• If part of your story includes areas of uncertainty, make sure the audience knows that, and come prepared with questions to help facilitate the discussion and make sure that the audience feels that their time and talents are valued.

Paper prototyping

After multiple rounds of sketching, presenting, and building up a concept that should be built with technology, you should have enough data, confidence, and research to create a paper prototype. This prototype should be something you would feel comfortable taking outside of your design and development circle, in order to validate your design. I’ve found that paper prototypes are especially helpful to not only validate a design, but to also efficiently and inexpensively find problems and get stakeholders to invest in improving the design. Some tips I’ve found in the paper prototype process are:

  • Prepare and share your prototype with your usability testing team – they may be able to help you prevent mistakes and collect unusable data before the test even begins.
  • Make sure you know what you want to gain out of the prototype and the testing before collecting users to test the design. Your session may go longer than expected, and will make participants feel like they are wasting time if there isn’t a solid game plan.
  • Create most pieces of the interface on separate pieces of paper, or create each possible version on its own piece of paper (what you look to gain out of the test may help to answer this question). This will allow the moderator to easily assemble the prototype as the user is experimenting with the design
  • Above all, make each piece of the prototype looks to scale, and most of all, readable. It is OK to have sketchy lines, but don’t come into the session with a prototype that will embarrass the design team.

Address issues and feedback from testing

From your session, you’ll have gained more insights about how people will have used your design and where they have had problems with it. If you iterate through this technology-less prototyping cycle, you’ll find that you can be just as fast or faster than preparing your concept in your typical tool of choice.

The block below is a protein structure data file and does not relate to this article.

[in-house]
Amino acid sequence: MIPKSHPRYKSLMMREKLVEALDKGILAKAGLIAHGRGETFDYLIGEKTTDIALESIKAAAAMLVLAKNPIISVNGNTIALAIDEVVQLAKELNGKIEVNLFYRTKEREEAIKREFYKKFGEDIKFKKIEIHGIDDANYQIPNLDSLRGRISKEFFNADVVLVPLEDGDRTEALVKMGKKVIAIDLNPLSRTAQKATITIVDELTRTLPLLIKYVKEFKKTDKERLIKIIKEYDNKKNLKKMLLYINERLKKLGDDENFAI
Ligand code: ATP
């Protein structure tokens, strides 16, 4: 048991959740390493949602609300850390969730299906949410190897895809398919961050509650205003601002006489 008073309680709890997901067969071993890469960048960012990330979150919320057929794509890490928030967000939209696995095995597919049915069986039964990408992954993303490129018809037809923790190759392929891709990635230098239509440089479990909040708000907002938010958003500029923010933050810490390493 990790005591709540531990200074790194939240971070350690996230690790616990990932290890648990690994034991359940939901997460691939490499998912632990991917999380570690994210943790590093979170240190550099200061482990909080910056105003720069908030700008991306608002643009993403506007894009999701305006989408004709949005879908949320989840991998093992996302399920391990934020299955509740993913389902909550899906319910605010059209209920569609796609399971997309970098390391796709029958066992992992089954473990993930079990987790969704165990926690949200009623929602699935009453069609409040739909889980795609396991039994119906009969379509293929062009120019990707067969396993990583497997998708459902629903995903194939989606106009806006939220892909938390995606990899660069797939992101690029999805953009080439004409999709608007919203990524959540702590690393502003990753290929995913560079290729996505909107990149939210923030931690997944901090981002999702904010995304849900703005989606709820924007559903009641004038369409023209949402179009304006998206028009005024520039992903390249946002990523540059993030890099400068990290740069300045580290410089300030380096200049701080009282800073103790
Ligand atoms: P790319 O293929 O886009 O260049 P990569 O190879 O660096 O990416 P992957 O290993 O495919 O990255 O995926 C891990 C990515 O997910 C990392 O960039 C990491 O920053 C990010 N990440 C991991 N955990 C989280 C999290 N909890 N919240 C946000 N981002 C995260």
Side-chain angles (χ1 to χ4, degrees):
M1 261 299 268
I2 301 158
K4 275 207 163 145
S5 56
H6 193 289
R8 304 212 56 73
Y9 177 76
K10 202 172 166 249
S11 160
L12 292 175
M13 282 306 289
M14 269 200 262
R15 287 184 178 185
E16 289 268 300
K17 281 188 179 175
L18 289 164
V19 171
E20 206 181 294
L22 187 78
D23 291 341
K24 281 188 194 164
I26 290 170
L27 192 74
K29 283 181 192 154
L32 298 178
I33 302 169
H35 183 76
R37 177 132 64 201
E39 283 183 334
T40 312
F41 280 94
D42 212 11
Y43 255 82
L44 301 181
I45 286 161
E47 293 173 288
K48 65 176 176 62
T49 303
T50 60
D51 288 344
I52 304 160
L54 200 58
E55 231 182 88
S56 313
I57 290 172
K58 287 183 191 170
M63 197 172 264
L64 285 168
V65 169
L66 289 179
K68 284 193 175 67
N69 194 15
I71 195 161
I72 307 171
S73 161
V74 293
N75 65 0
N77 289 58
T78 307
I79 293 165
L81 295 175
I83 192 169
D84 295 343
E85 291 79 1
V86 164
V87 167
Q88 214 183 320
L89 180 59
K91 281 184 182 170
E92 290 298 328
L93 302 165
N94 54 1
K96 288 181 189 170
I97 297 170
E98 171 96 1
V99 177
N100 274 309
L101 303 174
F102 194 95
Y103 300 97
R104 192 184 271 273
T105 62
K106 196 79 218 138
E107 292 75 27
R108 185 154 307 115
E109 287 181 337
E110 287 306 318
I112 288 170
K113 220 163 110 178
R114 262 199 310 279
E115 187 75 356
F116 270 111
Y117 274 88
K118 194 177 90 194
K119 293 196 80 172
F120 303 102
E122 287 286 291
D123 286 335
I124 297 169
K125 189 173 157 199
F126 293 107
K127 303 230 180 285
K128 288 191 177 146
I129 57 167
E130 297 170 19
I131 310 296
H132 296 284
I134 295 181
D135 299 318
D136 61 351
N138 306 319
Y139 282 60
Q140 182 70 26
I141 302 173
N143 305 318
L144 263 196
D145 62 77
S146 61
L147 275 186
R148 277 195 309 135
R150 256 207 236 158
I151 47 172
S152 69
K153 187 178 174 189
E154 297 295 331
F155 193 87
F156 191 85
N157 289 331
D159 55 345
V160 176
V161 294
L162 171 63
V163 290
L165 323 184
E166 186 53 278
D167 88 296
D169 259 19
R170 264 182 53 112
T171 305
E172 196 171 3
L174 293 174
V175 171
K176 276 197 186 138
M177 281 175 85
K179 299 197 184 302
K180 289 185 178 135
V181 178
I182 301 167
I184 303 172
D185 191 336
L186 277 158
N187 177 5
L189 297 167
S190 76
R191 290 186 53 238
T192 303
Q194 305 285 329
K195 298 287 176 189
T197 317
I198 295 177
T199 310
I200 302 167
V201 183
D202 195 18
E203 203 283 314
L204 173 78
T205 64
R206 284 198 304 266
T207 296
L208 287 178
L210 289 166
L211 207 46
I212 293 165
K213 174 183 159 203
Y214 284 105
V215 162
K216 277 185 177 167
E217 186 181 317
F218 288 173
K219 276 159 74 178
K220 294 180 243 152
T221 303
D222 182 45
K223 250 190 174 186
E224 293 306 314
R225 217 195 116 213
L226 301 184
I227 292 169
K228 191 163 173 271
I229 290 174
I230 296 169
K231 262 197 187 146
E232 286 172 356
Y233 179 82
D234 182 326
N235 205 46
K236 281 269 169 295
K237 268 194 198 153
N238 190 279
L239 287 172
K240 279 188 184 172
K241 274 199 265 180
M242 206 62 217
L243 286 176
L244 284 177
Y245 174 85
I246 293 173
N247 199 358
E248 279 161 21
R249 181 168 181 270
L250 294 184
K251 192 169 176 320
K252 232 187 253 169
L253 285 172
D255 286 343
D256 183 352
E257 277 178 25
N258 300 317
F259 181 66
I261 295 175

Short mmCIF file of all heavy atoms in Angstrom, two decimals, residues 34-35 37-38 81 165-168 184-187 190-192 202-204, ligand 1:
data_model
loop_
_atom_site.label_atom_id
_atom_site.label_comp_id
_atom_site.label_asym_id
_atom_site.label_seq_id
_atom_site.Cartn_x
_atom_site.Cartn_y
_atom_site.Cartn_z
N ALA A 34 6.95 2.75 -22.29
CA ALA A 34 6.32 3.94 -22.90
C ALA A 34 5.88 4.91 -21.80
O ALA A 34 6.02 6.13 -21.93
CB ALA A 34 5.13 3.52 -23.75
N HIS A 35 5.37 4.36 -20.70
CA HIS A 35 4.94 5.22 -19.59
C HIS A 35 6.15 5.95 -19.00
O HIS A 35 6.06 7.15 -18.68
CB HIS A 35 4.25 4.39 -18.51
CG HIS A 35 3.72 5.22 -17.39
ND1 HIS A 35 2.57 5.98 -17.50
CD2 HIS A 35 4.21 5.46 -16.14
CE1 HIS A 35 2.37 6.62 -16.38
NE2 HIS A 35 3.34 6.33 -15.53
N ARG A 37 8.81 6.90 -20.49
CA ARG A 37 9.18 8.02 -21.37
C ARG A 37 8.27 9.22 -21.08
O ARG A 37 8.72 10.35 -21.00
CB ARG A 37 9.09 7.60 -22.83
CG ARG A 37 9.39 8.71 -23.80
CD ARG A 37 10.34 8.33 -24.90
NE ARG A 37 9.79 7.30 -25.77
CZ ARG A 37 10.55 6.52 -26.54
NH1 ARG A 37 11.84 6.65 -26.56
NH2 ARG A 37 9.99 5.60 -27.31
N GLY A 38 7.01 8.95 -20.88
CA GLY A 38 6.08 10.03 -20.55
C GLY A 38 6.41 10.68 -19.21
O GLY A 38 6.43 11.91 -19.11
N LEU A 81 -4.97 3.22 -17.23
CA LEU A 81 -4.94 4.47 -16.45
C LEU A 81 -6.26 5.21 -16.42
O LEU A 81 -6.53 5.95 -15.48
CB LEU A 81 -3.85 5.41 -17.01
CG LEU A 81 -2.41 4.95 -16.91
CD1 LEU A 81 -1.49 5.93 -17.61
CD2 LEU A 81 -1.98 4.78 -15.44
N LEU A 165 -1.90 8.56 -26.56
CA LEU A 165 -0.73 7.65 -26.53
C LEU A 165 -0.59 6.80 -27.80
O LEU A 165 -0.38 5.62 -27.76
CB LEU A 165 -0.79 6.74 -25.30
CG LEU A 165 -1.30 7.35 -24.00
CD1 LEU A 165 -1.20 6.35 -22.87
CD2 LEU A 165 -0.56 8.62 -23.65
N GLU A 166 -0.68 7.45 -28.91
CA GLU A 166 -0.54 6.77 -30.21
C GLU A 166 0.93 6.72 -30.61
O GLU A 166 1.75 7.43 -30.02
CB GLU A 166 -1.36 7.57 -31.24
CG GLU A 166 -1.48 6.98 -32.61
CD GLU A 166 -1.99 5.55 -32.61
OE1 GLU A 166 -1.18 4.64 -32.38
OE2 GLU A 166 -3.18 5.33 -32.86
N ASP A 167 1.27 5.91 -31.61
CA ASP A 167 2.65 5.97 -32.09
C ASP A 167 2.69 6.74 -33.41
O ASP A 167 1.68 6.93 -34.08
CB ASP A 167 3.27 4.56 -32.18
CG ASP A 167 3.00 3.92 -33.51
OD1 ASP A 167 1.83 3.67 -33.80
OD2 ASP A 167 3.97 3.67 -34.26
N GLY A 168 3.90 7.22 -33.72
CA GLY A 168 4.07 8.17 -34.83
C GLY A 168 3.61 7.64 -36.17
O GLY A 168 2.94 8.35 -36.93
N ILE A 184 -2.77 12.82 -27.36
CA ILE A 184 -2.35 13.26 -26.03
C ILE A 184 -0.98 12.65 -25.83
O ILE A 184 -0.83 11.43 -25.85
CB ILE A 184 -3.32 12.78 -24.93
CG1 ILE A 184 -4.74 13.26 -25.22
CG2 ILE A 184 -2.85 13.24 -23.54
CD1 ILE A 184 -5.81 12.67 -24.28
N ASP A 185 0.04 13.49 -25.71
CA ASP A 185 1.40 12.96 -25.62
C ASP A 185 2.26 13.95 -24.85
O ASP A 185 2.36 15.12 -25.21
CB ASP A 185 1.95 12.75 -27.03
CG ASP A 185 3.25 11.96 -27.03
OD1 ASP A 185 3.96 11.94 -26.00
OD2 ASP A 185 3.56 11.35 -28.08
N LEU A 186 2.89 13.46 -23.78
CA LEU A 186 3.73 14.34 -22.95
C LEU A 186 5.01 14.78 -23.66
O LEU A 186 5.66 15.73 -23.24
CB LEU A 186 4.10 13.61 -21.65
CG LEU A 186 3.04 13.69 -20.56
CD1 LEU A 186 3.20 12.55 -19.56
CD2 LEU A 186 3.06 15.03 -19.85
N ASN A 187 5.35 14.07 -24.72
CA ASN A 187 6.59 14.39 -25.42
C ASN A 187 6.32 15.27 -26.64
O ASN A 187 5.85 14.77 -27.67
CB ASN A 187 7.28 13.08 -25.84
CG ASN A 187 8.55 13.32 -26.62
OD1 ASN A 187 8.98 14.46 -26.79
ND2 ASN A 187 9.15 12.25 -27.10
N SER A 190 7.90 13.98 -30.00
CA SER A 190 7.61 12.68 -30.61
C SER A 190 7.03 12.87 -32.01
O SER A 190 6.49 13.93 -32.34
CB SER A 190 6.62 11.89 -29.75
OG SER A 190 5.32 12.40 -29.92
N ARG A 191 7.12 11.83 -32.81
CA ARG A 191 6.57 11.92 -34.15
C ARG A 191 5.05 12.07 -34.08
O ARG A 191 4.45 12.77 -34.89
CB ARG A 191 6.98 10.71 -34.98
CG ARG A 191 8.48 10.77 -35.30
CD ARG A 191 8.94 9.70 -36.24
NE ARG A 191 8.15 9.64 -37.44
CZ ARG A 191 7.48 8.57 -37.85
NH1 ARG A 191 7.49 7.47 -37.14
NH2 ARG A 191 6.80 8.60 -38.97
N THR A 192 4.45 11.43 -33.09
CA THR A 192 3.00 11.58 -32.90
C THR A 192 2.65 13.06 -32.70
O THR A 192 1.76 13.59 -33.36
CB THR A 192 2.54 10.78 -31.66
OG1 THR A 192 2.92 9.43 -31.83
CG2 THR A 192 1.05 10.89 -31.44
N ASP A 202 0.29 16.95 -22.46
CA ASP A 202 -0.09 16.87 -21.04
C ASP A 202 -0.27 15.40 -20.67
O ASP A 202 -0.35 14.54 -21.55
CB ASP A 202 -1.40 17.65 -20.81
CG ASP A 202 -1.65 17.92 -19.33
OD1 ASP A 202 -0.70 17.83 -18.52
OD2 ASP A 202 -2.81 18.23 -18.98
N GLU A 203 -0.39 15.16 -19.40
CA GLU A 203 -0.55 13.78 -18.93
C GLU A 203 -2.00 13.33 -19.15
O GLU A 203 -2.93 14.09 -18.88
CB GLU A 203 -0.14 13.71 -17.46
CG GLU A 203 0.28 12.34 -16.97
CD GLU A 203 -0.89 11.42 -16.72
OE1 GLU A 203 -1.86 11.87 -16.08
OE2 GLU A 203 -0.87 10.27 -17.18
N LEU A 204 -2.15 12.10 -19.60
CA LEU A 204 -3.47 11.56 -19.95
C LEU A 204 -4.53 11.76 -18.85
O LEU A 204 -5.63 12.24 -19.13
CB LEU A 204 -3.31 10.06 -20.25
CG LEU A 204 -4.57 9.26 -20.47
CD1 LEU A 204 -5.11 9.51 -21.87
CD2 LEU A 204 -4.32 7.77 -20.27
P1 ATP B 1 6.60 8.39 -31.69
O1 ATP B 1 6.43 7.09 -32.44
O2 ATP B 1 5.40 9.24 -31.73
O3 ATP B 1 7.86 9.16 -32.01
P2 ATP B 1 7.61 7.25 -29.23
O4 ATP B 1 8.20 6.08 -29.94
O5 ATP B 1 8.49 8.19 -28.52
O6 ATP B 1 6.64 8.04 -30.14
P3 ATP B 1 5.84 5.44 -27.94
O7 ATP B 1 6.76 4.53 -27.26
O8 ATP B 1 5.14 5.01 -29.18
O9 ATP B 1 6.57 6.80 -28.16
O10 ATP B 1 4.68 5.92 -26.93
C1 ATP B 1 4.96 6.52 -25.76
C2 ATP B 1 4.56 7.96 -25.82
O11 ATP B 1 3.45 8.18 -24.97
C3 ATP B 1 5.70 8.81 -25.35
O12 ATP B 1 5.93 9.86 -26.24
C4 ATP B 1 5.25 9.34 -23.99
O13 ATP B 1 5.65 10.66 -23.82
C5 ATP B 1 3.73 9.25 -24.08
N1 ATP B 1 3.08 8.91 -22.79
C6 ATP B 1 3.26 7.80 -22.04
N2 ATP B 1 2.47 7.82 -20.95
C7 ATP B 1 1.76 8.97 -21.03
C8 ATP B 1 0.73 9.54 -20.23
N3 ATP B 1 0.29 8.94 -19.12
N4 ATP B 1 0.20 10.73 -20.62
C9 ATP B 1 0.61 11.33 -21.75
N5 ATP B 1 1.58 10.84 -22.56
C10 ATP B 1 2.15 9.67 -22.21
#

Why is it important to be fast, and not use technology?

To answer the second part
  • First: our tools for crafting the user experience are changing all the time, but the one common point to all of them is creating a good concept on paper so we can use our tools as a translation mechanism.
  • Additionally, if we can’t draw our design thinking as a means to communicate, then no technology will be helpful in trying to create a good user experience for our users.
  • Pragmatically, this is a good skill for a practitioner to have to continue contributing to an organization while trying to understand and gain skills in an organization’s tool-set.
To answer the first part

The obvious answer – time is money for most organizations, and if we can spend our time testing answers to improving systems, they will see their return on investment (as the organization can have tangible proof of design thinking and data-driven design).

The not-so-obvious answer – being fast allows the designer to get their ideas out of their brain and into a form for discussion, critique, and improvement. An idea stuck in a designer’s head isn’t an idea the rest of the team can buy into, and argue for, if it isn’t shown on paper and talked about. It’s just not useful to anyone, except its creator – and that’s what user experience is not about.

Casey Addy
Casey M Addy is a user-experience practitioner focusing on data-driven design thinking and rapid prototyping via pen and paper. He also likes to turn paper concepts into interactive stories to help teams articulate and validate design thinking.
Casey Addy